1. Stronger connections to hold the roof onto the house
  2. Reinforced edges to help protect one of the roof’s most vulnerable areas from high winds
  3. A sealed roof deck to prevent rain from entering the home, even if shingles are lost
  4. High-performing impact resistant shingles that are superior performers based on IBHS’s innovative impact test


With this added protection, homes have shown to be durable in up to EF-2 level winds and against up to 2-inch hail.


“FORTIFIED is an effective and affordable option to combat winds up to EF-2 levels, and it’s important to note tornadoes rated as EF-4 or EF-5 have very small areas where the winds are that strong,” explains Brown-Giammanco, who is also a wind engineer and meteorologist. “In those storms, many of the homes actually face significantly lower wind speeds than those at the core. FORTIFIED can narrow the path of damage so building to this standard has the potential to bring peace of mind to homeowners routinely threatened by tornadoes and high winds.”


“A home is the largest investment most families will make, and every year they are threatened by severe weather like hail, high winds, and even tornadoes,” adds Malik. “For the extra investment when re-roofing, homeowners can benefit from the science behind FORTIFIED to avoid damage, possibly saving significantly more in repairs the next time storms strike. Oklahomans are among the first in the Great Plains and Midwest to have the added benefit of available mitigation credits on homeowner’s insurance policies, specifically for getting a FORTIFIED designation.”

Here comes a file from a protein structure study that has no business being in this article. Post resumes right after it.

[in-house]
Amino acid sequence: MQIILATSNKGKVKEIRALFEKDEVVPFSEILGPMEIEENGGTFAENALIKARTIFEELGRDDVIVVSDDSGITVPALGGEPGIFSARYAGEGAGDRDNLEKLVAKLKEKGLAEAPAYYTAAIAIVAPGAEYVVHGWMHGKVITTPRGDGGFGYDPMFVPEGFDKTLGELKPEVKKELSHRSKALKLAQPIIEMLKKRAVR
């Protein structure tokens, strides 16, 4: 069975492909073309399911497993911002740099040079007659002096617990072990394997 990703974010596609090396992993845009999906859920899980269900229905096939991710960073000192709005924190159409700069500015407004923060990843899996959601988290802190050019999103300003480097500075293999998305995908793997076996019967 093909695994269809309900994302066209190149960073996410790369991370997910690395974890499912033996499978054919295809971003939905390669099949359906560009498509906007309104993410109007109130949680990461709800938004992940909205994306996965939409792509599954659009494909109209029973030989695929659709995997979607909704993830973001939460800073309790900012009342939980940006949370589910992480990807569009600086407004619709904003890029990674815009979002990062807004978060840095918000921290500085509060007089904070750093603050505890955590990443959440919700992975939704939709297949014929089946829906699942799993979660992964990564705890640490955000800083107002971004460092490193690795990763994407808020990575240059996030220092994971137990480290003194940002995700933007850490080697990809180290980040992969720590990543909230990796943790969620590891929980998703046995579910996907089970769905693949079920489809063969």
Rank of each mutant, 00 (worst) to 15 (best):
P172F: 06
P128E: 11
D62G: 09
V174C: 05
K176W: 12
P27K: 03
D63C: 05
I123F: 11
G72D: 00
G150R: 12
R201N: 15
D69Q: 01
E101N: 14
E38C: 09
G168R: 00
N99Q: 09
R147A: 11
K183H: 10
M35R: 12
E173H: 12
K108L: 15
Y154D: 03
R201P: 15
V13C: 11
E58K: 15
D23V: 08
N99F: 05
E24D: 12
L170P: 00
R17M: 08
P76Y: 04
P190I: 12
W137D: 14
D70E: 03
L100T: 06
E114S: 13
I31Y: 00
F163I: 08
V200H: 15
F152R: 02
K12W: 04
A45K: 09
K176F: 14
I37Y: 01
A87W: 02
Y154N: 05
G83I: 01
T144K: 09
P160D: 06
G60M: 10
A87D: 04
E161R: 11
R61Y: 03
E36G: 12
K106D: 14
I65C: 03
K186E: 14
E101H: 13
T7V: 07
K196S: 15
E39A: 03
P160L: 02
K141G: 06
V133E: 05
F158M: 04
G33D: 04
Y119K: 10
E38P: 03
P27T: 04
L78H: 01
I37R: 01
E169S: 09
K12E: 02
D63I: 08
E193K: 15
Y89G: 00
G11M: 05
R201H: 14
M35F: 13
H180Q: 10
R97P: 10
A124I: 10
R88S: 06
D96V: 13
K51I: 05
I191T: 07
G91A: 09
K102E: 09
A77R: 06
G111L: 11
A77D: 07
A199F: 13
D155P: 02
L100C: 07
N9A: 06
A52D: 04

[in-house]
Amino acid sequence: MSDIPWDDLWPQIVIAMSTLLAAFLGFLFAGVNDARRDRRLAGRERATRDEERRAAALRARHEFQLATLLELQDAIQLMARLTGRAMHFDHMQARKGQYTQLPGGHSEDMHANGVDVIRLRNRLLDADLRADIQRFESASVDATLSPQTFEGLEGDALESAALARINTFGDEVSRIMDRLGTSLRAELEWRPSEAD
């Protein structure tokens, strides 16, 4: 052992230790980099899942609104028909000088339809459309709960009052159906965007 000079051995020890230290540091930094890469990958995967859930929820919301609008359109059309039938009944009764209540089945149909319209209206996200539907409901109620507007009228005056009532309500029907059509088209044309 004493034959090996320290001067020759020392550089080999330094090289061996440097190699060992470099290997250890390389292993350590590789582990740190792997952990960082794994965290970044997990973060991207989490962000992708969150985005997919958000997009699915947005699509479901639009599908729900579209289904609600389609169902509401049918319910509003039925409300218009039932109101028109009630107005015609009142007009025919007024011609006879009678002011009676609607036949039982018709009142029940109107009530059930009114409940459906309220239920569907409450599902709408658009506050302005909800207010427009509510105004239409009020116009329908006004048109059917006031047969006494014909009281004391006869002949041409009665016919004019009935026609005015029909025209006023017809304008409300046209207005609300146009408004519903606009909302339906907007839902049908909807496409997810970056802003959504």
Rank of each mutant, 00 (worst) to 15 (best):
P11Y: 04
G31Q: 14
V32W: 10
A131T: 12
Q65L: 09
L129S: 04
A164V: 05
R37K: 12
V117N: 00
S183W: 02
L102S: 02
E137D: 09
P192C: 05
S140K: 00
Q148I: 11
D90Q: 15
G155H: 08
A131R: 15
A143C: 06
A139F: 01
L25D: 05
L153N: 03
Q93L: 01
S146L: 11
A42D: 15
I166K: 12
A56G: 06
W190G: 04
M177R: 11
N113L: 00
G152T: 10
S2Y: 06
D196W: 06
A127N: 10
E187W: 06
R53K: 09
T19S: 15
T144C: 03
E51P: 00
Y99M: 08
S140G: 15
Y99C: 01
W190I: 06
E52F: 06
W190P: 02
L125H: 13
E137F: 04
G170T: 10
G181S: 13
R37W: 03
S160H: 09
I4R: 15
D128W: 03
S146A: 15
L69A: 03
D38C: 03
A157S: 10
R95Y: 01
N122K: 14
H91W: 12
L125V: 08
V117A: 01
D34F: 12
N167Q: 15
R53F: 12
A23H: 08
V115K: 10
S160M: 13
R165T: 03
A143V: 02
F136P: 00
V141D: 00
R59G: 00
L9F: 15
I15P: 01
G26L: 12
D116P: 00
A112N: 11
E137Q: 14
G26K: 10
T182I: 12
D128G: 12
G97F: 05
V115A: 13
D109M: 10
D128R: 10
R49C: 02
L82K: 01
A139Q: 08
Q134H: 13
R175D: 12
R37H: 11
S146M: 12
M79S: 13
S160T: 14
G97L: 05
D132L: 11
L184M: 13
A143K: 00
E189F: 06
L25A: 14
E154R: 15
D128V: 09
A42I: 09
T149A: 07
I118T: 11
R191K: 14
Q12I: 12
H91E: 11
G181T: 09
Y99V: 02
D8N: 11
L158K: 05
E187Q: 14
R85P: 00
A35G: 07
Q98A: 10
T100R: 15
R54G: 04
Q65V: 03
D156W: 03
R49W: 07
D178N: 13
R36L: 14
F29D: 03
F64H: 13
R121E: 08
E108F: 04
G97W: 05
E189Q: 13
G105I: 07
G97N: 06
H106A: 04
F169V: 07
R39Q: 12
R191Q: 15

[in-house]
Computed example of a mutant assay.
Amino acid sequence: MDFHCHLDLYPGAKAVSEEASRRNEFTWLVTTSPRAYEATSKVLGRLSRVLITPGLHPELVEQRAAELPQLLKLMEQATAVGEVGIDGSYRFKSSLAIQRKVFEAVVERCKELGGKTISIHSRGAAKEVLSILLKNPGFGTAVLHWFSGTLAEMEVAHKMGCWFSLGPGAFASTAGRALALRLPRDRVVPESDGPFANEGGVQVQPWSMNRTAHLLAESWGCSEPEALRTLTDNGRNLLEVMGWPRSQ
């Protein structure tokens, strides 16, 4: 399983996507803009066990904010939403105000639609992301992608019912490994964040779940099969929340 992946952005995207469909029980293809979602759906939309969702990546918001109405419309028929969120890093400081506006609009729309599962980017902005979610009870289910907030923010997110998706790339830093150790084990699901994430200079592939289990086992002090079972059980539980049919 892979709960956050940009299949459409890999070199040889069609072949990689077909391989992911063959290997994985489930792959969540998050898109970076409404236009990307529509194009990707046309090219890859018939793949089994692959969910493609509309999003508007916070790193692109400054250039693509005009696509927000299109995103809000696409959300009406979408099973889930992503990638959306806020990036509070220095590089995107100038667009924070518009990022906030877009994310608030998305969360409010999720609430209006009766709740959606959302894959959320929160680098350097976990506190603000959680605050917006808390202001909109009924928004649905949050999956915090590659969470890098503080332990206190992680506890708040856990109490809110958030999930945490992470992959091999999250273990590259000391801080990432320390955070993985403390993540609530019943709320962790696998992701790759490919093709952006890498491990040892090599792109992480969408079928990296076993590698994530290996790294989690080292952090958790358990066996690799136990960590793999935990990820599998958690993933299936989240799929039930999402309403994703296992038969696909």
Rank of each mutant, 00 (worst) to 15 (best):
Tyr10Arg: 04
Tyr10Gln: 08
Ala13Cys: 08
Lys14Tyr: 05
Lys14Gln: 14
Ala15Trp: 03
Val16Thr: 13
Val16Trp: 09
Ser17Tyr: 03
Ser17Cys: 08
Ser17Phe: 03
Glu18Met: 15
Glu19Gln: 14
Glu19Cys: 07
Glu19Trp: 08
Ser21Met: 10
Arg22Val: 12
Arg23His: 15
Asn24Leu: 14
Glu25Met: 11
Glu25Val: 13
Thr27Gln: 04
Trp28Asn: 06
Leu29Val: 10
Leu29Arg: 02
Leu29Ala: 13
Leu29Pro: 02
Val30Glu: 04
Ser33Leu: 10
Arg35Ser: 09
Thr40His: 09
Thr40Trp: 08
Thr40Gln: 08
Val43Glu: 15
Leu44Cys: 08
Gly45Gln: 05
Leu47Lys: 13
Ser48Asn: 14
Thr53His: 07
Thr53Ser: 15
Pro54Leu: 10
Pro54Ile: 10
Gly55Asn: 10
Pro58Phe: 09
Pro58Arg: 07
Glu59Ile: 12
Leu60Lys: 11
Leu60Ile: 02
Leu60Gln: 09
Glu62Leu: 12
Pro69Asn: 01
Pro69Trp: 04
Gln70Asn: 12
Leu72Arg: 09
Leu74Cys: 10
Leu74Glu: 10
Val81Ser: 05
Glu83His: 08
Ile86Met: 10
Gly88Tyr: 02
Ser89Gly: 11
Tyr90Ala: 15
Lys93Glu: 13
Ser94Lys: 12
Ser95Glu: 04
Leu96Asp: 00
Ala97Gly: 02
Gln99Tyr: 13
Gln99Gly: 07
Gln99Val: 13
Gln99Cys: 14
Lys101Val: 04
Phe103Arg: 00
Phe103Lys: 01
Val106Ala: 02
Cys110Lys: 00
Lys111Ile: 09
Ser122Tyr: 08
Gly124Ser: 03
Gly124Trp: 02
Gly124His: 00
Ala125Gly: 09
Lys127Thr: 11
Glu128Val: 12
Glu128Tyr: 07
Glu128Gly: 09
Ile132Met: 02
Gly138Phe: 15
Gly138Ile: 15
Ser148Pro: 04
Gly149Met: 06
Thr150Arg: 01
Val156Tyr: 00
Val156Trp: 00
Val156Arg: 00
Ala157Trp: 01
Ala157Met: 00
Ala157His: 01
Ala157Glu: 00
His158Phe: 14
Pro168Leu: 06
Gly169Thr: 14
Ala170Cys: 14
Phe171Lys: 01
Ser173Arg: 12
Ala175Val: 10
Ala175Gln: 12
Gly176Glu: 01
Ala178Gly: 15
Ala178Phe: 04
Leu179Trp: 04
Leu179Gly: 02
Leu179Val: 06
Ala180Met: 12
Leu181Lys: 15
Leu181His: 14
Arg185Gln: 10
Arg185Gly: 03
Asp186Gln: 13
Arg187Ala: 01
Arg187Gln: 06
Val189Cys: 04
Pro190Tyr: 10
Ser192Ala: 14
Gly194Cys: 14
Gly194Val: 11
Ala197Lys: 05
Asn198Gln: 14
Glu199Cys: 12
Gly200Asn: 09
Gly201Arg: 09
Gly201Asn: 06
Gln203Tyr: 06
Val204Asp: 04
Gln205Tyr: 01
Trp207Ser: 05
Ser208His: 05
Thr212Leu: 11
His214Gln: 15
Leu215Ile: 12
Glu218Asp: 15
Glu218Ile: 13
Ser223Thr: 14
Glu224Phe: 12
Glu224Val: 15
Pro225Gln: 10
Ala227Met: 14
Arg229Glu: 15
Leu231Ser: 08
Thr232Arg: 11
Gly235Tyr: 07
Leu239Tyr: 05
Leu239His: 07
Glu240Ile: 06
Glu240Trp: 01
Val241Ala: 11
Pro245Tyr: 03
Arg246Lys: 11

IBHS is piloting FORTIFIED Home‒High Wind & Hail in Oklahoma City, in conjunction with Oklahoma-based Disaster Resilience Network, but the standard can be followed nationwide. Homeowners can find a FORTIFIED-trained roofer who specializes in resilient roofing at fortifiedhome.org/directory or by having the qualified roofer of their choice follow the building standards for FORTIFIED Home–High Wind & Hail. To receive a FORTIFIED designation, which can qualify a home for insurance discounts in some states, including Oklahoma, homeowners must have their roofer, or a FORTIFIED evaluator, submit required documentation confirming the requirements have been met to IBHS. For more information about building stronger to reduce the risk of loss from severe weather, visit fortifiedhome.org/hail.


About FORTIFIED Home


FORTIFIED Home is a voluntary building standard that makes a home stronger and better able to resist the effects of severe weather. The standard prescribes requirements for different levels of protection and provides designations for each. Please visit fortifiedhome.org to learn more.


About the Insurance Institute for Business & Home Safety (IBHS)

The IBHS mission is to conduct objective, scientific research to identify and promote effective actions that strengthen homes, businesses, and communities against natural disasters and other causes of loss. Learn more about IBHS at DisasterSafety.org.